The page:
Perhaps many so-called "average" citizens have a feeling of helplessness, believing their ideas or thoughts don't make any difference. Whatever the reason, it is not good for the country.

Loyal Jayhawk and Wildcat fans will wait outside for more than a day in bitter cold to get a seat for a KU or KSU basketball game. Their arenas are filled to capacity.

What other activity generates such interest, emotion and attention? The most important people in the country today are sports heroes and those in the entertainment business - at least based on salaries and attendance numbers.

Bringing enjoyment to individuals and giving them a diversion from their everyday routines is fine and probably healthy, but can it get out of hand? Or is it already out of hand?

Who's supposed to take an interest in the truly important matters facing our citizens?

Comments

overthemoon 6 years, 10 months ago

This would be more pertinent and interesting if the JW had bothered to cover the Focus the Nation panel discussion at the Dole Institute on Thursday night. How often do you get local, state, and national leaders together in one room for a focused discussion? But the JW was still focused on basketball, so there you have it.

DonnieDarko 6 years, 10 months ago

Dolph: "President Bush, whether you like him or not, delivered his State of the Union address and his assessment of where the United States stands today, the nation's challenges and the danger and presence of those who want to destroy America's image and strength in international affairs, as well as inflict mortal damage on its citizens."

The danger and presence of those who want to destroy America's image? My god, that's funny. "W" has done more to destroy America's "image" than the rest of the world combined. "Evildoer", indeed.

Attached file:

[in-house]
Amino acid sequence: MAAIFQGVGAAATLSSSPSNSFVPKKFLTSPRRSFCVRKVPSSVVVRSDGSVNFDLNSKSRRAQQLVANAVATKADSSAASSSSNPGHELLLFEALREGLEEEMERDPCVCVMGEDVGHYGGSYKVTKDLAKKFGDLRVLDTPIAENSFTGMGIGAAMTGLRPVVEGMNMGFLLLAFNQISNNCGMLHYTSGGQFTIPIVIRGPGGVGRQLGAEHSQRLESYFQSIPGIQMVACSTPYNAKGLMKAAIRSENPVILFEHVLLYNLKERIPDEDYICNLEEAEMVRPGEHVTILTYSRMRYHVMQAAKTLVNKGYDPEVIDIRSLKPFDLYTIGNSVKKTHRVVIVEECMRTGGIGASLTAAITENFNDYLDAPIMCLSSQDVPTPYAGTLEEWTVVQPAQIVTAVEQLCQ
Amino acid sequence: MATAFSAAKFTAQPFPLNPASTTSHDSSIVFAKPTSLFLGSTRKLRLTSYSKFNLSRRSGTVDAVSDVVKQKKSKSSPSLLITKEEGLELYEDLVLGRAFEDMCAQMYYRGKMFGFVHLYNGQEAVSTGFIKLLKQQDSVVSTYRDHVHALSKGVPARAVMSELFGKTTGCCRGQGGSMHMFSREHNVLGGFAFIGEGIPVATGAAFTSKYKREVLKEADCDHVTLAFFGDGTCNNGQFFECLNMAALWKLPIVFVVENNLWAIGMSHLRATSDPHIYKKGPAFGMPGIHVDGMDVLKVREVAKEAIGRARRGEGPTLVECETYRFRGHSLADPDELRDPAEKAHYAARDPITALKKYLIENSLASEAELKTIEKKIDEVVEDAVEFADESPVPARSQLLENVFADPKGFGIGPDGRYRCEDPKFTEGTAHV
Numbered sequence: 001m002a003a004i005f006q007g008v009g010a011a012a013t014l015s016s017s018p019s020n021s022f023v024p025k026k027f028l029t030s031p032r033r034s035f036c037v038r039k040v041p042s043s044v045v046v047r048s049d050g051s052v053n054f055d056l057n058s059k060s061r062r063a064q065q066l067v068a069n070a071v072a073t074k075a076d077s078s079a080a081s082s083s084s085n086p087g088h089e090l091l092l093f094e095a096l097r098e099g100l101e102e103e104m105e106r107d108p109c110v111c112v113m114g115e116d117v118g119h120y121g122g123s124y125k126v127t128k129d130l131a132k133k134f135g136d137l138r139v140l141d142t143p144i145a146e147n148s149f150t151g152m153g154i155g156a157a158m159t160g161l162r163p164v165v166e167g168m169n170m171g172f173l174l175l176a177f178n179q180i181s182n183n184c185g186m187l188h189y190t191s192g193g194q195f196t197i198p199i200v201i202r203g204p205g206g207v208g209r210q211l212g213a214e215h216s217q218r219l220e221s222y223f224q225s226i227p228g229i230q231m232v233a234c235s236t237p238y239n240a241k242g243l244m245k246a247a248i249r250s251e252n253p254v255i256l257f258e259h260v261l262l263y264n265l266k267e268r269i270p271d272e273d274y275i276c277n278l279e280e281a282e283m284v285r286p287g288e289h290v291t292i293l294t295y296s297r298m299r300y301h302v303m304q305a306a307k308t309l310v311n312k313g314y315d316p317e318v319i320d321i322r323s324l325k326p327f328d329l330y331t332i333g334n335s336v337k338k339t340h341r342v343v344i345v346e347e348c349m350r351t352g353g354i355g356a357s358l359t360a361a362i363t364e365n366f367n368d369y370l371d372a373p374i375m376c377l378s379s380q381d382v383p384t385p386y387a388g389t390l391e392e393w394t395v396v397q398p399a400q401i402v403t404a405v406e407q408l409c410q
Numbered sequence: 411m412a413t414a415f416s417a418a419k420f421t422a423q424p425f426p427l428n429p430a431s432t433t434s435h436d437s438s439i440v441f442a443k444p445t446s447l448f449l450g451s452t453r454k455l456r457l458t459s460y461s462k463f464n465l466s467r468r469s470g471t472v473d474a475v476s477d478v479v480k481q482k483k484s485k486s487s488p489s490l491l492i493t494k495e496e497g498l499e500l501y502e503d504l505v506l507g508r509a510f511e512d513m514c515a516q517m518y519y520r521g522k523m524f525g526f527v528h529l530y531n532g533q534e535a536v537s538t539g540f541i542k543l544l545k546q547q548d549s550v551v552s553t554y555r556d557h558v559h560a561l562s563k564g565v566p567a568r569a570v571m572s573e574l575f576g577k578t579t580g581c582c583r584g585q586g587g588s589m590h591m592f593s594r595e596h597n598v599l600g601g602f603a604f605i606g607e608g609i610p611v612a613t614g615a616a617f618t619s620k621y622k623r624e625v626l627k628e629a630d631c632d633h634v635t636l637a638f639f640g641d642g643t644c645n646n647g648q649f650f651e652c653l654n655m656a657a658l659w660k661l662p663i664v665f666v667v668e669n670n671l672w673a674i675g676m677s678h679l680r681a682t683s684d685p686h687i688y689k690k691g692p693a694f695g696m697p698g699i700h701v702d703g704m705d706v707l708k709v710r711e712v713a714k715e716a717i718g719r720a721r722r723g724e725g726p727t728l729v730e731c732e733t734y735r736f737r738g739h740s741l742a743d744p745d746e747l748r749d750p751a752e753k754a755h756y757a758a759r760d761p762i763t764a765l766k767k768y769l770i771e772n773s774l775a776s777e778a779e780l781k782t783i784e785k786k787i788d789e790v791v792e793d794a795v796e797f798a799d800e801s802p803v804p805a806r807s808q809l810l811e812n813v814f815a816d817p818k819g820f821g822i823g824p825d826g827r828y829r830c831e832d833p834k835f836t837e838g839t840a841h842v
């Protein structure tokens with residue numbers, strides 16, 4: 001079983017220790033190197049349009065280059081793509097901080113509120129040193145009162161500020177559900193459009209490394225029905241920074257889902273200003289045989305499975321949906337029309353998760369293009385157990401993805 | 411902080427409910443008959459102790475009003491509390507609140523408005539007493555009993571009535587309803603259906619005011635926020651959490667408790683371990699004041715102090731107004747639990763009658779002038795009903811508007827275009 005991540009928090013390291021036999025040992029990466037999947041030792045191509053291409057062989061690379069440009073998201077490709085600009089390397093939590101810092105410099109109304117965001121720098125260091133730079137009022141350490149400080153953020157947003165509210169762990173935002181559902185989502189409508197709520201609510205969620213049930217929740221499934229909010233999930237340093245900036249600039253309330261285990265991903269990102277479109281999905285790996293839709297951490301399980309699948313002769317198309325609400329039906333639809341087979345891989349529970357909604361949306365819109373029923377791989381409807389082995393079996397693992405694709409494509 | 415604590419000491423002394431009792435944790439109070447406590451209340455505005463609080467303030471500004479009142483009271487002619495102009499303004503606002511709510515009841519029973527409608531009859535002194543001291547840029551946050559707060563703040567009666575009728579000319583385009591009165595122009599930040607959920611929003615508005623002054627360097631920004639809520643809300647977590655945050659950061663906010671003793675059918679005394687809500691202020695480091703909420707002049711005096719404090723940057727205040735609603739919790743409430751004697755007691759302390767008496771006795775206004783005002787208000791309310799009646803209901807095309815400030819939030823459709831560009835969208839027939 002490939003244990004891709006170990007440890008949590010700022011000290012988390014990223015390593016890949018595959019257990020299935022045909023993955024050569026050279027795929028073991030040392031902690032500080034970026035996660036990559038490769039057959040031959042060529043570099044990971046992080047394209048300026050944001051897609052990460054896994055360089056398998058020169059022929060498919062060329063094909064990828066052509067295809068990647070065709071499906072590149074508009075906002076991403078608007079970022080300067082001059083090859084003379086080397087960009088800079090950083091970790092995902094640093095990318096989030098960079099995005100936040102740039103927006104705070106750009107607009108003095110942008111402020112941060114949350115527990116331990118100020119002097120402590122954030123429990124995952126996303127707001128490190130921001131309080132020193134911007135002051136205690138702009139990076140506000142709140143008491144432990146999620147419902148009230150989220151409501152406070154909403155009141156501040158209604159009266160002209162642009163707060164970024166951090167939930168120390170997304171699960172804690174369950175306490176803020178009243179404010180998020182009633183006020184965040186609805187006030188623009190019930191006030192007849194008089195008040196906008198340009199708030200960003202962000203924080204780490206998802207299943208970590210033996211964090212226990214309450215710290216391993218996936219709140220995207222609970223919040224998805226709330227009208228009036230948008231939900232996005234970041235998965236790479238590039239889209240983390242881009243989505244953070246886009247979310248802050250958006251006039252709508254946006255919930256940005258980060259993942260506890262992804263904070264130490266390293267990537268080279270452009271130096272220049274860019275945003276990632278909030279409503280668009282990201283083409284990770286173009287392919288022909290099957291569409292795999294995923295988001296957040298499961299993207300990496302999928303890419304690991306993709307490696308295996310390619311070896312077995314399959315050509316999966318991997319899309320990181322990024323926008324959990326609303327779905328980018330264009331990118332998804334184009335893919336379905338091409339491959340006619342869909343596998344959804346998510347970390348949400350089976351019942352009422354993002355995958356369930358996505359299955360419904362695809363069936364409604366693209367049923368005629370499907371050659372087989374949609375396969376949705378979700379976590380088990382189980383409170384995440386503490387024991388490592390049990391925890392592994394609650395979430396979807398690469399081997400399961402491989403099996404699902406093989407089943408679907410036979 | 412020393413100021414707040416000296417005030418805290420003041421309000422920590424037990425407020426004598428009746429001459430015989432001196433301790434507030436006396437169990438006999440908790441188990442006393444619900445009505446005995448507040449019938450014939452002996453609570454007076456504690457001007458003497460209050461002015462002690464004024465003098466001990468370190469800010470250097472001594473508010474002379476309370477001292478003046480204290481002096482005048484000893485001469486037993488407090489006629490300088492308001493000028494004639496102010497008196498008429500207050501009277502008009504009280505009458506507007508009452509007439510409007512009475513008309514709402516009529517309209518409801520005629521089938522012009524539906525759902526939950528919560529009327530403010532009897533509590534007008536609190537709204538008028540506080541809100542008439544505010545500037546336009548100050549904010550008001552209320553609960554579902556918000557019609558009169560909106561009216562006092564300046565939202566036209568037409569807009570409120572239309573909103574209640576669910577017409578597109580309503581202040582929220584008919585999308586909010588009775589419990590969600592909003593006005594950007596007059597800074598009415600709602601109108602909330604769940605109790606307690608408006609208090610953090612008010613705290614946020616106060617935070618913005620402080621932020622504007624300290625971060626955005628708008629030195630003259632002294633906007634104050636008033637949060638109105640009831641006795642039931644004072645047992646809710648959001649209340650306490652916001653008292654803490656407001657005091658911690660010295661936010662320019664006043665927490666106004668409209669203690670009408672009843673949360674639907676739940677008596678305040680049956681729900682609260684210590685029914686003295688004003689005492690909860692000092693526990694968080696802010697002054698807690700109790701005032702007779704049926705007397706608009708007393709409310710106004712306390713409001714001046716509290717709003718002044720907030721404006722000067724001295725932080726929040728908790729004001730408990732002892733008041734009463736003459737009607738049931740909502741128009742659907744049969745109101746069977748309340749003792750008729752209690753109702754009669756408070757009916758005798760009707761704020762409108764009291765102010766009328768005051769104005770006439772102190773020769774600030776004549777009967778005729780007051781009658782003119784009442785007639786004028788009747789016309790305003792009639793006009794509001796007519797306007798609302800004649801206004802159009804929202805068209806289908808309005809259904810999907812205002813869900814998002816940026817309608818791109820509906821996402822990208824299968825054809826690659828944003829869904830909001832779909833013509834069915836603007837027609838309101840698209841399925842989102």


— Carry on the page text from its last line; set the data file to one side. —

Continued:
busymom 6 years, 10 months ago

Maybe some of us knew where America would be today when Bush was re-elected.

fredrick_stinson 6 years, 10 months ago

Starts with education.

Typically, people are more interested in things they know more about. Most avid sports fans are pretty familiar with the rules of 'their' game. Contrarily, trying to get somebody excited about the Superbowl who doesn't know a field goal from on onside kick can be a challenge.

The same is true with public affairs and politics. For many people, the political process is very confusing so it can be really frustrating to try to follow. I'd be willing to merit that if people were as educated about government and sociology, if they understood the rules, the guidelines, the causalities and the vernacular, half as much as they do for their favorite sports, then we would hear much more public discussion, we would be asking for many more answers to better thought out questions, and we would probably see much more activity regarding such issues.

QUIZ: Are you a socially responsible sports fan?

  1. Who is quarterback for the Patriots?
  2. Who is currently third in line for the Presidency?
  3. How many games have the Patriots lost this year?
  4. Who was the last Kansas Attorney general?
  5. What is a 'jump ball'?
  6. What is a 'quorum'?
  7. How many fouls is a college basketball player allowed in one game?
  8. How many votes does it take for congress to override a veto?
  9. How many Superbowls have there been?
  10. How many Congresses have there been?
  11. Which is more 'super', this coming Sunday, or this coming Tuesday?
  12. How long ago was the last time K-State beat KU in Manhattan?
  13. How long ago was the last time the U.S waged war against Iraqis in the Middle East?
  14. Who is Bill Self?
  15. Who is Bill Frist?

Answer all questions correctly and... well... you win I guess.

wysiwyg69 6 years, 10 months ago

Overthemoon might have hit the nail on the head but fredrick stinson drove the nail in with one swing of the hammer. most sports nuts can tell you every persons name on their favorite team, but can't tell you the last four presidents, and we wonder whatts wrong with this country

mytake 6 years, 10 months ago